Rogers sent to jail after passing out

NOVI, Mich. -- Former Lions and Michigan State receiver Charles Rogers has been sentenced to 93 days in jail for contempt of court after apparently drinking too much and passing out at a Mexican restaurant.

Novi (Mich.) District Court Judge Robert Bondy on Wednesday ordered Rogers to serve 93 days in Oakland County Jail, with credit for 17 days served.

Novi Deputy Police Chief Tom Lindberg said officers arrested Rogers on Tuesday at an On the Border restaurant on a warrant for disobeying a sobriety court order. The order was imposed after Rogers pleaded guilty in September to impaired driving.

Lindberg says Rogers was visibly intoxicated Tuesday and was taken to a hospital. He spent the night in custody, and district Judge Robert Bondy sentenced him Wednesday.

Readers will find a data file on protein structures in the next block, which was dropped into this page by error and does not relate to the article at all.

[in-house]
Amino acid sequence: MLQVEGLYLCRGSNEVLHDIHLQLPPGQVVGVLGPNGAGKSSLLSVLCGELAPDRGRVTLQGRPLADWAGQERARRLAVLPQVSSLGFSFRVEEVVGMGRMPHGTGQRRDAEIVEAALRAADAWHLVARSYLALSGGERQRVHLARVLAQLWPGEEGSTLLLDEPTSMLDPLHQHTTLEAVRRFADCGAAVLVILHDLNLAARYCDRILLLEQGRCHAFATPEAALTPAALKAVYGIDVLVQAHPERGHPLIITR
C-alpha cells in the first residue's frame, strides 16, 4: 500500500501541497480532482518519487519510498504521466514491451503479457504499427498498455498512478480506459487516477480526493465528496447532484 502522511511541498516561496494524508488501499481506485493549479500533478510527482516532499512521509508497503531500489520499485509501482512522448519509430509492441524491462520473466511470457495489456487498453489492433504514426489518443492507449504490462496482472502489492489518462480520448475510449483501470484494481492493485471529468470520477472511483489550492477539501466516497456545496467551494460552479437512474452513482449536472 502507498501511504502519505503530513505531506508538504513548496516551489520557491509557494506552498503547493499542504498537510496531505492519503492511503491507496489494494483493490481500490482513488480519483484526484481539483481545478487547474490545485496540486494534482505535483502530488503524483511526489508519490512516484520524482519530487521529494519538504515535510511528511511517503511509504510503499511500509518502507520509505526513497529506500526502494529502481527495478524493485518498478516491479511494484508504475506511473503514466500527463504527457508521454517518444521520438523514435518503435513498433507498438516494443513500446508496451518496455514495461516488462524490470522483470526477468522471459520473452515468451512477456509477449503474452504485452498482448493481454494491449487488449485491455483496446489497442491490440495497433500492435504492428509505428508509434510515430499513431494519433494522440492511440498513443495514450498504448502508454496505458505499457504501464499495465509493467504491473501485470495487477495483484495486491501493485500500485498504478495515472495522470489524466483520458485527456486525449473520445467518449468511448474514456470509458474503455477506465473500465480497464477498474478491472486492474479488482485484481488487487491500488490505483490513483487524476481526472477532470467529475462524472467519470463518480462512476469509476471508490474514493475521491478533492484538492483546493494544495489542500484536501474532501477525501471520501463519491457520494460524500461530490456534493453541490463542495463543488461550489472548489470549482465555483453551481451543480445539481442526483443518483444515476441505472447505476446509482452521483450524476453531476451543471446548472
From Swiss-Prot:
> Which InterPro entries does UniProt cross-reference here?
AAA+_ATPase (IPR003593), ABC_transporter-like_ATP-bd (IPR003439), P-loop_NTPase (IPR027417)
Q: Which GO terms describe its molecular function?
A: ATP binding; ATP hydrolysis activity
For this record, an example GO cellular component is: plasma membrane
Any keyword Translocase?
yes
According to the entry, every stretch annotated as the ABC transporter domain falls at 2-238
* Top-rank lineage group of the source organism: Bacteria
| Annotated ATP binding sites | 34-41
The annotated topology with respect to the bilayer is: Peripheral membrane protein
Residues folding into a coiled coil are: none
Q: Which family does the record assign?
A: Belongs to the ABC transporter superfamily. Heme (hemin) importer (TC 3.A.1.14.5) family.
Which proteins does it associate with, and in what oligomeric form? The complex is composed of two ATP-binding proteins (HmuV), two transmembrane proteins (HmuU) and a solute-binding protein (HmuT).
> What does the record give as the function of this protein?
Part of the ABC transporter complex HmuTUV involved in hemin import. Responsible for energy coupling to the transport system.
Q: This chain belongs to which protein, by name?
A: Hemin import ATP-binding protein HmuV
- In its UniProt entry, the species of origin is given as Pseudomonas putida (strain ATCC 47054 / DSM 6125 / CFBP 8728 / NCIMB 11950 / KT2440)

Messages were left with Rogers' lawyer, Justin Barnett.

Rogers, 28, the No. 2 NFL draft pick in 2003, pleaded guilty in September to impaired driving and reentered a sobriety court program, which involves intensive counseling and testing.

A police source said Rogers was taken into custody at about 3:15 p.m. ET Tuesday after employees were unable to rouse him and feared he may have had a heart attack, The Detroit News reported.

"He was showing signs of intoxication and was uncooperative, and at that point our officers determined that he had a warrant out for his arrest," Lindberg said Wednesday, according to the Detroit Free Press.

Rogers pleaded guilty in September to charges stemming from an incident in which he was found "non-responsive behind the wheel" of a vehicle that was still running, in gear and in a left-turn lane, authorities said.

Earlier in 2008 he had served a 30-day jail sentence, with credit for 15 days, instead of staying in an intensive counseling program after violating probation in a domestic violence case.

Rogers was suspended by the Lions for substance abuse in 2005 and released the next year. The team says he must repay two-thirds of a $9.1 million bonus.

Information from The Associated Press was used in this report.